How digital learning is impacting our children

Shortened attention spans and the rise of “selfie culture” are among the negative impacts of digital learning on today’s students, according to a new analysis. On the up side, e-learning is also cultivating self-control, collaboration and cooperation. Maximising the positives while minimising the deficits depends largely on how schools approach the digital challenge.

"The ubiquitous use of digital tools and environments afforded by mobile devices, social media and the internet creates both risks and opportunities for the development of young people’s social, emotional and critical thinking skills,” notes author Sir Peter Gluckman, Chief Science Advisor to the prime minister of New Zealand.

Some of the challenges outlined in his 2018 Policy Quarterly report, “The Digital Economy and Society,” include:

  • Shortening attention spans, with multitasking now common in schools. This includes presentation of multiple sources of information on a single monitor screen, working on several open windows, using interactive whiteboard technology and engaging in activities in online or video game formats.
  • Duration of use of digital devices - emerging as a risk for cognitive and social development. This includes increased distractibility for younger children, and addiction-like behaviours for older children.
  • Cyberbullying among children and adolescents is a growing concern in schools, increasing dropout rates and affecting academic performance. Access to digital devices is increasing both the nature and the prevalence of bullying.
  • Altered leisure patterns - are affecting physical health, especially obesity rates.  
  • Communication changes - from artificially extended 'friend' networks, to anonymity. These changes in communication are breaking previous social norms.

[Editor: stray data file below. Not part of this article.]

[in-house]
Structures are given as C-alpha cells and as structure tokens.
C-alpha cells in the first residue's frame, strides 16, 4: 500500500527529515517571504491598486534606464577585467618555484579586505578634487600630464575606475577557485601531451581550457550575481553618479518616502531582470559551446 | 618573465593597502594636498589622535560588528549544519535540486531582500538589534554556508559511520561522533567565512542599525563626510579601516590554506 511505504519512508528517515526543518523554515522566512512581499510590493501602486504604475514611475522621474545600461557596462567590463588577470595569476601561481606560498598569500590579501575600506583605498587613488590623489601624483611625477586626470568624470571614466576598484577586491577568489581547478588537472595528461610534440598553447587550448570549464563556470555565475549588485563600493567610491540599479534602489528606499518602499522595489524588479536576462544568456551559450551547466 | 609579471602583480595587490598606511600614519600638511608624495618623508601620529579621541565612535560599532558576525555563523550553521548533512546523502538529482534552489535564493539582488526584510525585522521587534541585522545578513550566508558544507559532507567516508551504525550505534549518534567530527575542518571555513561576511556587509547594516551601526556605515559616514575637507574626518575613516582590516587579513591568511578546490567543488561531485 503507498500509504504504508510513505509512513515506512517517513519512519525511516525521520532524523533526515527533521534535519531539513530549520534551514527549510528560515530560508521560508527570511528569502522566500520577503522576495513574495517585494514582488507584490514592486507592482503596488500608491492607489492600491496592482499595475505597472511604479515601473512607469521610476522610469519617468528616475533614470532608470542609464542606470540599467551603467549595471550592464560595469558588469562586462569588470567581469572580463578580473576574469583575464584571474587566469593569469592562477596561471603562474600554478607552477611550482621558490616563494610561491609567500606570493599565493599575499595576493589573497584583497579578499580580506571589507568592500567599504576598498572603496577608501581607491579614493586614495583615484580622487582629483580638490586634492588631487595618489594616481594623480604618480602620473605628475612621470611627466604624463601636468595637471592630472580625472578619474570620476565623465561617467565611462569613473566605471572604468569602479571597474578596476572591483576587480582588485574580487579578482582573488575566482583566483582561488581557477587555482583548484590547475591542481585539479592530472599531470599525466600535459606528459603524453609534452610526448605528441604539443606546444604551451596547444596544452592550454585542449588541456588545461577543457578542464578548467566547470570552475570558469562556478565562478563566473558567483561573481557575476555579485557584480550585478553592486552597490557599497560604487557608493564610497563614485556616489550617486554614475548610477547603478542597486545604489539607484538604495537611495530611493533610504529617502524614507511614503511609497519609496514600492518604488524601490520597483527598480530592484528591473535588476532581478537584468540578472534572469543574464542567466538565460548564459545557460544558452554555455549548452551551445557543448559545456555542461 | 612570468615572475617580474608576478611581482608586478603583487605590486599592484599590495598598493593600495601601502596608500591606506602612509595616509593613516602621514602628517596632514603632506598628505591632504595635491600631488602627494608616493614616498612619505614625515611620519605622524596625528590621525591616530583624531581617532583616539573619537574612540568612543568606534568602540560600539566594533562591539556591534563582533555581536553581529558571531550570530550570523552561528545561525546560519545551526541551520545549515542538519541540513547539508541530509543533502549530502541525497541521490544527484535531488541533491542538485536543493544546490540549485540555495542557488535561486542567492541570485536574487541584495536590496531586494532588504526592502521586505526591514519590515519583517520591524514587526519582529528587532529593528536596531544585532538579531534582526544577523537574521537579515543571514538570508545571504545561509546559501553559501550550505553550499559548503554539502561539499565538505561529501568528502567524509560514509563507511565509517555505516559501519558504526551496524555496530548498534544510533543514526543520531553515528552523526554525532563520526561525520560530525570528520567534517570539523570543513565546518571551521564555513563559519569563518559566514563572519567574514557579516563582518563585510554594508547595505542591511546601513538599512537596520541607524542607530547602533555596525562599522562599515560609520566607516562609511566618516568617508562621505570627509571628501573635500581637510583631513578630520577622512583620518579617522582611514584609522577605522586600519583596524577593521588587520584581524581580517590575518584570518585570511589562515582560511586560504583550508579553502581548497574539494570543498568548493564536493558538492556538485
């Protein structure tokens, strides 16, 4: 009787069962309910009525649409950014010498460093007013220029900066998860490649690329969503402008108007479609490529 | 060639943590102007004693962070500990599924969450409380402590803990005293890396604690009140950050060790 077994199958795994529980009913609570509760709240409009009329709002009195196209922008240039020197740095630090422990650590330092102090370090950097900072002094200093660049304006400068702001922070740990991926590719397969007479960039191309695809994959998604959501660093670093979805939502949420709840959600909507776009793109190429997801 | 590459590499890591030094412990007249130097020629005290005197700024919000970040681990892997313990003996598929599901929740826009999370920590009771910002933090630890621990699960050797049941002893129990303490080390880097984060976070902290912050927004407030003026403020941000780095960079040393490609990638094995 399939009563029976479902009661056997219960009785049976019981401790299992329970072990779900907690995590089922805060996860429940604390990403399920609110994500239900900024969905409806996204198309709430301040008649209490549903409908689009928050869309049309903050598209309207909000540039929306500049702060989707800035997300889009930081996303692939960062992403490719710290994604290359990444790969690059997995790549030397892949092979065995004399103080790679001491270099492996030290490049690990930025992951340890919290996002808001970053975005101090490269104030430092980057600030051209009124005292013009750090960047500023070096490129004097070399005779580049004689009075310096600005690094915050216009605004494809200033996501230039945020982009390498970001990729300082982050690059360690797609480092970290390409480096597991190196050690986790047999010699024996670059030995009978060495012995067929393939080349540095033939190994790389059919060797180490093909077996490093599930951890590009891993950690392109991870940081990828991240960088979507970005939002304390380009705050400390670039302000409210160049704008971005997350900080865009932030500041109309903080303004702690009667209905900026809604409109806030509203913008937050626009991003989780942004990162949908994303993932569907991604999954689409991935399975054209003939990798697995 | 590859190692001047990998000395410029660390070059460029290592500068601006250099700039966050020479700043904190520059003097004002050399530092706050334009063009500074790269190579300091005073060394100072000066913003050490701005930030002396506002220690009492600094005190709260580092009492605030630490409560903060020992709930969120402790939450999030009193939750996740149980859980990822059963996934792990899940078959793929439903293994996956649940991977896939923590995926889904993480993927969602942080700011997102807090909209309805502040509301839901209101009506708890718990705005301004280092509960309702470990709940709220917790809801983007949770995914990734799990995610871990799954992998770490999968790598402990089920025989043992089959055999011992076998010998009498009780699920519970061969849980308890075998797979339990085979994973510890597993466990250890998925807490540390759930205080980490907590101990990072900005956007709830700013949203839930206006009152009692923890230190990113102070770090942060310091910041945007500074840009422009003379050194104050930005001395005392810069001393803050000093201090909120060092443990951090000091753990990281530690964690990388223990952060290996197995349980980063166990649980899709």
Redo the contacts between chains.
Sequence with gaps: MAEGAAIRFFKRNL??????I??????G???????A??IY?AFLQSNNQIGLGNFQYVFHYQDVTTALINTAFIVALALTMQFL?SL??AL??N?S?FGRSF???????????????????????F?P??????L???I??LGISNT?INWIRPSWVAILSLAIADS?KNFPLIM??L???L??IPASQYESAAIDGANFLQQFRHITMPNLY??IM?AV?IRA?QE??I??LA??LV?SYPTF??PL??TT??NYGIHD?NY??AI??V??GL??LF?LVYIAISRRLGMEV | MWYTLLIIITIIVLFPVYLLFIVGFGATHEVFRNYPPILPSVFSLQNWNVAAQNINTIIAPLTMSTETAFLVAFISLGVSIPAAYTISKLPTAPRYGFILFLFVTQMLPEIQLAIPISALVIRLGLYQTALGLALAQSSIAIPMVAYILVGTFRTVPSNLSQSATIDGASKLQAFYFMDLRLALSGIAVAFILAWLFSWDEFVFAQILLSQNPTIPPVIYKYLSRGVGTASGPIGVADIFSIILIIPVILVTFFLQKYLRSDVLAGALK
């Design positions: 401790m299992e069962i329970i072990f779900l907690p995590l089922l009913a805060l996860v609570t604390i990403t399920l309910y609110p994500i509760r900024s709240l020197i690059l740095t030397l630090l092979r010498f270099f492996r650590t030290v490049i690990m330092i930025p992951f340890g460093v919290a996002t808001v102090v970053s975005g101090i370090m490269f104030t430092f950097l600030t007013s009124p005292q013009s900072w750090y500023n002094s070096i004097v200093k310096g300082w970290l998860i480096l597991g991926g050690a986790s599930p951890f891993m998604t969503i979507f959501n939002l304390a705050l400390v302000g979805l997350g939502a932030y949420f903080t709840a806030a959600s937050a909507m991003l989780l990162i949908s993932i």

• ‘Selfie culture’ and the sharing of previously private matters with a potentially global audience.
  • Sexualising practices involving children, including sexting, with unknown consequences.
  • Information overload, and fake news. Students need the skills needed to cope with vast quantities of information, while also critically evaluating that information.

Other issues to consider include the potential impacts of artificial intelligence and machine learning on our sense of autonomy and self-control. With emotional health heavily dependent on both concepts, these emergent technologies may have some negative impact.

The speed, scope and pervasiveness of digital technologies is profound, and affecting every aspect of the education system, notes Gluckman.

"The impacts of such technologies include not only the manifest benefits of new digital technologies, but also the implications of what may be the largest and fastest shift in individual, societal and economic relationships and power structures that humankind has ever faced.”

The real challenge for the education sector is how to maximise the advantages and opportunities technology offer, while minimising negative impacts. School leadership teams and boards need to consider cyber safety and their duty of care requirements.

Family Zone Education Solutions take a holistic, ecosystem approach to addressing the challenges schools are facing, including mobile device and BYOD management.


For more information on our School Partner program, visit us at https://www.familyzone.com/schools/contact.


Topics: Cyber Safety, schools, e-learning, classroom management, digital learning

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